Don’t know if you have looked at tick-borne infection as a possible cause yet. We didn’t either until my daughter had the IGeneX test for Lyme done after a history of years of stomach problems. Started with gas pains that come out of nowhere one fall and which worrsened as the years went by to a long, long list of food sensitivities, motility problems, and an impacted colon with no apparent reason. Tried everything, did all kinds of tests, supplements, colonics, tested for SIBO, diets like GAPS and nothing helped. Finally, one smart G.P. suggested (because he had been learning about Lyme and had gone to the Toronto ILADS Conference – thank goodness he had!) that we really should pay to get the IGeneX Test for Lyme done. He said he had found out that the standard C6 Elisa was unreliable so we really needed to do the IGeneX test. We were shocked when the results were positive after years of seeing doctor after doctor and no one thought of it! Shame she had to suffer so long but now she is on treatment. Test results pulled a diagnosis together as there were lots of other “mysterious” symptoms by this time, too. Have a look at Dr. Sher’s article here: http://www.thehumansideoflyme.net/viewarticle.php?aid=62
    It may not fit for you but it’s a suggestion.

    Reply
    1. thehomeschoolingdoctor Post author

      Hi, Linda! Thank you so much for that great comment! Luckily (and knock on wood), my GI tract has really turned around the last several months. What I am doing seems to be working (ahem, every day now 🙂 ). However, others reading this comment may not be having such luck and may need other paths to investigate so I am glad you were able to comment. Is the treatment helping your daughter do you think (obviously it probably is or else you wouldn’t have left such a nice comment)? Any particular symptoms respond better than others to the treatment (i.e., constipation more so than food sensitivities, etc)? I read a lot of the article (until the kids interrupted, ha!), and I am intrigued; Dr. Sher has a nice write-up with lots of sources to check out. Lots of new information for me to think about and process; Lyme’s is one of those highly contentious areas of medicine, so nebulous.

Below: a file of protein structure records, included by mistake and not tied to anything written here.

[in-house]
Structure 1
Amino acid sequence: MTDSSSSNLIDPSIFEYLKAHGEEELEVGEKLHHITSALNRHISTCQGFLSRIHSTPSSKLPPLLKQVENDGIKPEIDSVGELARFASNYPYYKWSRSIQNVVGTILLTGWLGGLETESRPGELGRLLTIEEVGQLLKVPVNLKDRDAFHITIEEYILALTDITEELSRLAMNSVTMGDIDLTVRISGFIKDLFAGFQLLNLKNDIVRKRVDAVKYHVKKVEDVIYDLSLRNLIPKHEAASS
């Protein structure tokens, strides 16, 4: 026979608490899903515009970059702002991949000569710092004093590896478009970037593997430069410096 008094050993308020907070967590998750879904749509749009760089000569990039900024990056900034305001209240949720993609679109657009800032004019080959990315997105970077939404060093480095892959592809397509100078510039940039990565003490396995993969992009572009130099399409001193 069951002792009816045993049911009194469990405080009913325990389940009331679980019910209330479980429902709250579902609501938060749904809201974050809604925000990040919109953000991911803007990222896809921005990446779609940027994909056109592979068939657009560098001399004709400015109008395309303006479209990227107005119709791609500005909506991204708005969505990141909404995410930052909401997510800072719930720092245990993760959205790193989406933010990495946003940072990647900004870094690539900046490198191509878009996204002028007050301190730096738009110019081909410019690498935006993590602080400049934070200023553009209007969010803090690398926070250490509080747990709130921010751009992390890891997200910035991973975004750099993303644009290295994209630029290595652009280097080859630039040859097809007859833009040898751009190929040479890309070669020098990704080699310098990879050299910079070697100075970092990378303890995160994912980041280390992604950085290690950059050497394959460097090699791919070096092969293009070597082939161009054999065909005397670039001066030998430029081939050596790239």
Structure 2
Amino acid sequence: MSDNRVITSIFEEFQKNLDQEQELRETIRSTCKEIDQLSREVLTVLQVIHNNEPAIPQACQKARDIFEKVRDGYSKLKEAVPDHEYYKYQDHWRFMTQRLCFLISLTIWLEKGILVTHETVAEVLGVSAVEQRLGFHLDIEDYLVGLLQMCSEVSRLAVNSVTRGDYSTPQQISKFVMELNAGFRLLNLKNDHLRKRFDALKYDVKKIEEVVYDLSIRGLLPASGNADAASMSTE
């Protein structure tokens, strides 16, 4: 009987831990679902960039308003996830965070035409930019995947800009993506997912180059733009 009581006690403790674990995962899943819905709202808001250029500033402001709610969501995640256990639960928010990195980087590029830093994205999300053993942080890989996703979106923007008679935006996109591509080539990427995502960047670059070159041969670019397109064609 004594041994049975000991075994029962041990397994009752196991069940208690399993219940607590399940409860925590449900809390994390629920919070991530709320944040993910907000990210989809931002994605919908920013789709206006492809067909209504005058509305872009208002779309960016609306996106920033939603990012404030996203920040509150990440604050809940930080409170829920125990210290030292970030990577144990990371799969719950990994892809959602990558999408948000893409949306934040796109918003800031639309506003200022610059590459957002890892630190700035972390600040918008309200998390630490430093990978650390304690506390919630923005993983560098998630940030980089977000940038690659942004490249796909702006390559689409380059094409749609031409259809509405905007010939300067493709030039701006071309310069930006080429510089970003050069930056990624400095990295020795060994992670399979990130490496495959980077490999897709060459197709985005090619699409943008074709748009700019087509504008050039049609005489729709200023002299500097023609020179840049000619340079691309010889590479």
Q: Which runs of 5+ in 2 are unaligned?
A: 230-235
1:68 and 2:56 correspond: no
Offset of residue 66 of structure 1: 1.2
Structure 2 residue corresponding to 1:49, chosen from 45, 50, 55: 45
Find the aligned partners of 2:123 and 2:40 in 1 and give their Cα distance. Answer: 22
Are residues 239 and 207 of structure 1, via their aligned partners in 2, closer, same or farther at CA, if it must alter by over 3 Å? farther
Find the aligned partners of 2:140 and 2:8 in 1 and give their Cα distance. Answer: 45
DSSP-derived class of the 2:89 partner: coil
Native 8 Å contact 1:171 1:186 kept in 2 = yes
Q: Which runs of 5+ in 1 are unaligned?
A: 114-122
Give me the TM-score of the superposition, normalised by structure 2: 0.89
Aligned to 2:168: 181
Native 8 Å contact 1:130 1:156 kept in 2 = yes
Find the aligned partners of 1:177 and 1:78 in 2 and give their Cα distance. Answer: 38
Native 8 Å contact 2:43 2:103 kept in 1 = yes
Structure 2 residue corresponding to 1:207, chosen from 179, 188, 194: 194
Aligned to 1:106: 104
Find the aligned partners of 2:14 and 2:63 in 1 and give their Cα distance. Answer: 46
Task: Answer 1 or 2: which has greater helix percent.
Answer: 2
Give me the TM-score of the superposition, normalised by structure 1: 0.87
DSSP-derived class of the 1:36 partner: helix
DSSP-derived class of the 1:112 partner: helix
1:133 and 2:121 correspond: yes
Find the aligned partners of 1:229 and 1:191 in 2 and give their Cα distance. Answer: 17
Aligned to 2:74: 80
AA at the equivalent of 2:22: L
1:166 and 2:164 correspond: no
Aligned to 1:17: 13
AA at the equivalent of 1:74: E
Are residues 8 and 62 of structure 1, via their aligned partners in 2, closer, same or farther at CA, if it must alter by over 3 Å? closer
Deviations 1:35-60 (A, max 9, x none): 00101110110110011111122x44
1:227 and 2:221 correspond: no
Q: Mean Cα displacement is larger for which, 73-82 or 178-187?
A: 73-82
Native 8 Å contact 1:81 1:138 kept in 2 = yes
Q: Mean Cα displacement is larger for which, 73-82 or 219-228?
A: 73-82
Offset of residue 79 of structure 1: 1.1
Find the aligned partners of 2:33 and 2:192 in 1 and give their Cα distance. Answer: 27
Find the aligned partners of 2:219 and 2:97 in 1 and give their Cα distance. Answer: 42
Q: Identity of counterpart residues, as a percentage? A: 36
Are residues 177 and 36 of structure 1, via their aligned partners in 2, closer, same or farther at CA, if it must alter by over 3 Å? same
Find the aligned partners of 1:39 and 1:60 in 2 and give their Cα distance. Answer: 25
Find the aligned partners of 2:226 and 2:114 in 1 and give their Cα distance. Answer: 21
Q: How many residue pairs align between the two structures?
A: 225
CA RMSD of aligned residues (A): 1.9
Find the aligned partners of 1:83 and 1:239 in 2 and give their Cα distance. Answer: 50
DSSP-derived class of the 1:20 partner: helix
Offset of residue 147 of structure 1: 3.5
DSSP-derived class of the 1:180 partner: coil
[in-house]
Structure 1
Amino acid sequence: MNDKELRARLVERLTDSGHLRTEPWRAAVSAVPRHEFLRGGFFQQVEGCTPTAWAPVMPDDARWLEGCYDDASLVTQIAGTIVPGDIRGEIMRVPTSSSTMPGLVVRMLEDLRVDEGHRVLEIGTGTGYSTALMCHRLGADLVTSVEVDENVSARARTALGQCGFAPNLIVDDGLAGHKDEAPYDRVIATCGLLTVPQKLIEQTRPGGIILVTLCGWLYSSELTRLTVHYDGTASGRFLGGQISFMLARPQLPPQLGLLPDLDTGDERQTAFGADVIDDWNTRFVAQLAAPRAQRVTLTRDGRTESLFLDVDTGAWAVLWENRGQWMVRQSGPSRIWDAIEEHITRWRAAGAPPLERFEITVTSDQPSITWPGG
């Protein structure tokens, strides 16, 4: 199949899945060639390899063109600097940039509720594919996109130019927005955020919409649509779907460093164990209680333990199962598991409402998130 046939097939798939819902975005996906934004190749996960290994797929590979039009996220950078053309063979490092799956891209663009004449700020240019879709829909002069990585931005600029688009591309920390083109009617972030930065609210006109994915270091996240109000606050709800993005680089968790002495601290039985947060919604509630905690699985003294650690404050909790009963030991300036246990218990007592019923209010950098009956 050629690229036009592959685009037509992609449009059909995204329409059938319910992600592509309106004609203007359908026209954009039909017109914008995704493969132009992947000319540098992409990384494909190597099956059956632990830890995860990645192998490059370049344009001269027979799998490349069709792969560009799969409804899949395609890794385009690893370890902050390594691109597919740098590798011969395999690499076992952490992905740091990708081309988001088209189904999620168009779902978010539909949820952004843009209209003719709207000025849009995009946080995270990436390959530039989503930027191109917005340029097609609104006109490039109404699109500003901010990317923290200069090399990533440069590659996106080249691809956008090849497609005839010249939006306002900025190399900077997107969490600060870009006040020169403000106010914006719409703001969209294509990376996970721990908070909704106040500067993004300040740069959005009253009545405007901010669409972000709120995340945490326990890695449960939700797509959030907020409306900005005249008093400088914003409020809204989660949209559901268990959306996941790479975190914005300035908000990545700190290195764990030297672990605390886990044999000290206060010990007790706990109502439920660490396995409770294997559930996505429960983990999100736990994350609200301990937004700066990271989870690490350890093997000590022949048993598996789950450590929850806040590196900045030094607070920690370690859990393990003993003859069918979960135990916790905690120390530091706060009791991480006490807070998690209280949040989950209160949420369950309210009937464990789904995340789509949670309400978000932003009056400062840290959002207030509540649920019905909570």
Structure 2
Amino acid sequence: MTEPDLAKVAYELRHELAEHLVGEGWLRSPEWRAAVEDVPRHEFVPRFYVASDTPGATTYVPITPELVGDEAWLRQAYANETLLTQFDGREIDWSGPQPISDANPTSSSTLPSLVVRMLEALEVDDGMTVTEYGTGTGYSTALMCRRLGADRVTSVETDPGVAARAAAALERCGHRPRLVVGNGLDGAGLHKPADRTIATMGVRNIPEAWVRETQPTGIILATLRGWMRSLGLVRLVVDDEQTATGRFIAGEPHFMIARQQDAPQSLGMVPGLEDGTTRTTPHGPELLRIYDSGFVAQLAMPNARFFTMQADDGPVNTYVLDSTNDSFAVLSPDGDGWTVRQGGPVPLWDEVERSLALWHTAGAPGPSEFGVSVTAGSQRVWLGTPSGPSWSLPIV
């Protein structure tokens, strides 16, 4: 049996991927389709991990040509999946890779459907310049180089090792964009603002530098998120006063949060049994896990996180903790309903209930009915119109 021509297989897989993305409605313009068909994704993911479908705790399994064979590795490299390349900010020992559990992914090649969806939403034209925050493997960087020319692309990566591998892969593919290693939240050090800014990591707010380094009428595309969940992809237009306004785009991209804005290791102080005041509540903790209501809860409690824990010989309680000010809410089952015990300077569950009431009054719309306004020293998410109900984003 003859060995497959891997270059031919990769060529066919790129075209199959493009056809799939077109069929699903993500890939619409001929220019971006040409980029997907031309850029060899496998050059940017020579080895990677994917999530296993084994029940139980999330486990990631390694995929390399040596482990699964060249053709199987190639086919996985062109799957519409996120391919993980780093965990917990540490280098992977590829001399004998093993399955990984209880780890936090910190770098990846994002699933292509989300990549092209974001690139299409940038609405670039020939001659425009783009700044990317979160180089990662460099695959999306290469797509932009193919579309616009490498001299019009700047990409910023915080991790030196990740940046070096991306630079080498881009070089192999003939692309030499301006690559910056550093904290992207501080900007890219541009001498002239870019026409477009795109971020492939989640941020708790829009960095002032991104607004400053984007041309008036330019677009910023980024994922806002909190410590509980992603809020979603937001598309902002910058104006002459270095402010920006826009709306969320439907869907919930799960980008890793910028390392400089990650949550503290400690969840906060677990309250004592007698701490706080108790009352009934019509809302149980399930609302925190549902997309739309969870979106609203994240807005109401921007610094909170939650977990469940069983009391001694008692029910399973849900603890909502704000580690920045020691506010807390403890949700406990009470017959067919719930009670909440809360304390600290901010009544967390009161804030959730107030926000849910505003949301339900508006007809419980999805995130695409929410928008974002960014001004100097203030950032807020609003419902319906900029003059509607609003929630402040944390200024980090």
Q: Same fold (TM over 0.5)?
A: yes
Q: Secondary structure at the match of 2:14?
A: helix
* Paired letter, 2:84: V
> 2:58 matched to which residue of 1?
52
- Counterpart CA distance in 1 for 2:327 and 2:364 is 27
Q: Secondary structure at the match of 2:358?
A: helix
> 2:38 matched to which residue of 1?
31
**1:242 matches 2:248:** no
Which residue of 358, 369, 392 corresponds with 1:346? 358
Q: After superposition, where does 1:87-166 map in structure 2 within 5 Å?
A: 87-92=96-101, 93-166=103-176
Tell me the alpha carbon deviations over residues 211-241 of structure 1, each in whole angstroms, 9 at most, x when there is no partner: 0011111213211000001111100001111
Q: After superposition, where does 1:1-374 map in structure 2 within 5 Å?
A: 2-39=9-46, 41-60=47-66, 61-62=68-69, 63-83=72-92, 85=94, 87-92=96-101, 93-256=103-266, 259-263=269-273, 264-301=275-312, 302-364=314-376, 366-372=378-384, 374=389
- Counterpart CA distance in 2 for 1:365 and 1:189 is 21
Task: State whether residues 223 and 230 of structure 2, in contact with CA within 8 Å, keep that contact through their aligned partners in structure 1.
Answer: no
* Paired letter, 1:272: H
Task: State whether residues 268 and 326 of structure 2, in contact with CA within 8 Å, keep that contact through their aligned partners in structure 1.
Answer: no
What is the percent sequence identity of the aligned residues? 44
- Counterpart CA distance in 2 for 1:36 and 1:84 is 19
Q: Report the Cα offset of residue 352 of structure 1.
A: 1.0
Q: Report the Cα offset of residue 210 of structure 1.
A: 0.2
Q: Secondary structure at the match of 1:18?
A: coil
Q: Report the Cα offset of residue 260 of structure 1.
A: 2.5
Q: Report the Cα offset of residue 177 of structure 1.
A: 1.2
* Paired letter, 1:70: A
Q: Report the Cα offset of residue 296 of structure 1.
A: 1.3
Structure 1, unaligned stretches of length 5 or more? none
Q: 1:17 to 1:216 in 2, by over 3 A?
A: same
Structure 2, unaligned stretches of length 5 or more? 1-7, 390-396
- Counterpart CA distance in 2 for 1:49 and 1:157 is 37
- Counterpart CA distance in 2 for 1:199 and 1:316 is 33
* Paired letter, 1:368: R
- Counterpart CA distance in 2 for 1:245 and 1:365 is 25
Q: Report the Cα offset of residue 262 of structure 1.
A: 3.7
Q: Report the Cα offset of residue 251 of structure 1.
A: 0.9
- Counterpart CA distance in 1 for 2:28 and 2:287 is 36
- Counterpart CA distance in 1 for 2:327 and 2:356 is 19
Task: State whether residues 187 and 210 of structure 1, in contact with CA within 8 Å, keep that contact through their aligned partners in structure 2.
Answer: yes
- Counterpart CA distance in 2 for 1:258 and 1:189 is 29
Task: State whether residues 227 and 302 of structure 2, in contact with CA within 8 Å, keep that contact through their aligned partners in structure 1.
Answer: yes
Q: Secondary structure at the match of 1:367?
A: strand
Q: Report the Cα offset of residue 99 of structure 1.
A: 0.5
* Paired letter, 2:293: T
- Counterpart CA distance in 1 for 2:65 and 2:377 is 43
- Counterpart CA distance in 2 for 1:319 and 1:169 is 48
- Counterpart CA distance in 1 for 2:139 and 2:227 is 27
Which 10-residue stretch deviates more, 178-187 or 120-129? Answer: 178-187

Thanks again for the comment, and I hope all those mysterious symptoms are soon only distant memory. Take care! ~~Terri

      Reply
  3. Pingback: Butyrate and Constipation | The HSD

  4. Jody Hale

    I was wondering what you do on a daily basis for your STC? My daughter was diagnosed with Encopresis, and we were having horrible problems resolving that, until we found a dr. that discovered she had STC. She is currently taking 3 caps of Miralax, and 7 Exlax a day. The dr. ( who is absolutely wonderful) thinks that she may require these laxatives indefinitely. I was very curious as to what you need to do to manage your condition as an adult. Thanks for your blog…great stuff!

    Jody

    Reply
    1. thehomeschoolingdoctor Post author

      Hi Jody!

      Just curious, does this regimen give a daily bowel movement? Or still just every now and then?

      My regimen as an adult has changed over the years, trying to keep pace with the changes of my gut. However, I’ve been fairly stable on (and it’s too much–but so is 3 caps of Miralax and 7 Ex-Lax daily) 2 heaping tablespoons daily of this over the counter stuff called Natural Calm for about a year now. It is magnesium. (I had tried many, many magnesium supplements prior to this. This one and magnesium chloride worked. But to get the number of drops of magnesium chloride I needed to make it work, it tasted yucky. Magnesium Calm doesn’t taste bad and it has flavors if needed.)

      I can use it less often (every third day or so) if I am diligent on my probiotic (currently VSL#3), keeping my diet free/low on my food triggers, and also adding resistant starch to my diet has helped the last several months (new experiment). There’s so much out there on resistant starch! But basically, I mix Bob’s Red Mill potato starch, again, two tablespoons daily, and drink it down. It is not a laxative. It helps the bacteria in the gut, particularly the ones who can produce this stuff called butyrate (which can speed up the bowel and help the gut’s nervous system).

      So that is my current regimen right now! It is about daily success 🙂 . If it’s this way forever, I’m okay with that. It is a LOT better than every two weeks! I don’t mind questions a bit. So feel free if that prompted any more questions, to comment back!

      Sorry you guys are having to deal with this, and I hope you can find some better answers than Miralax and Ex-Lax every day. I’ve found it has taken a complete, complete overhaul! ~~ Terri

      Reply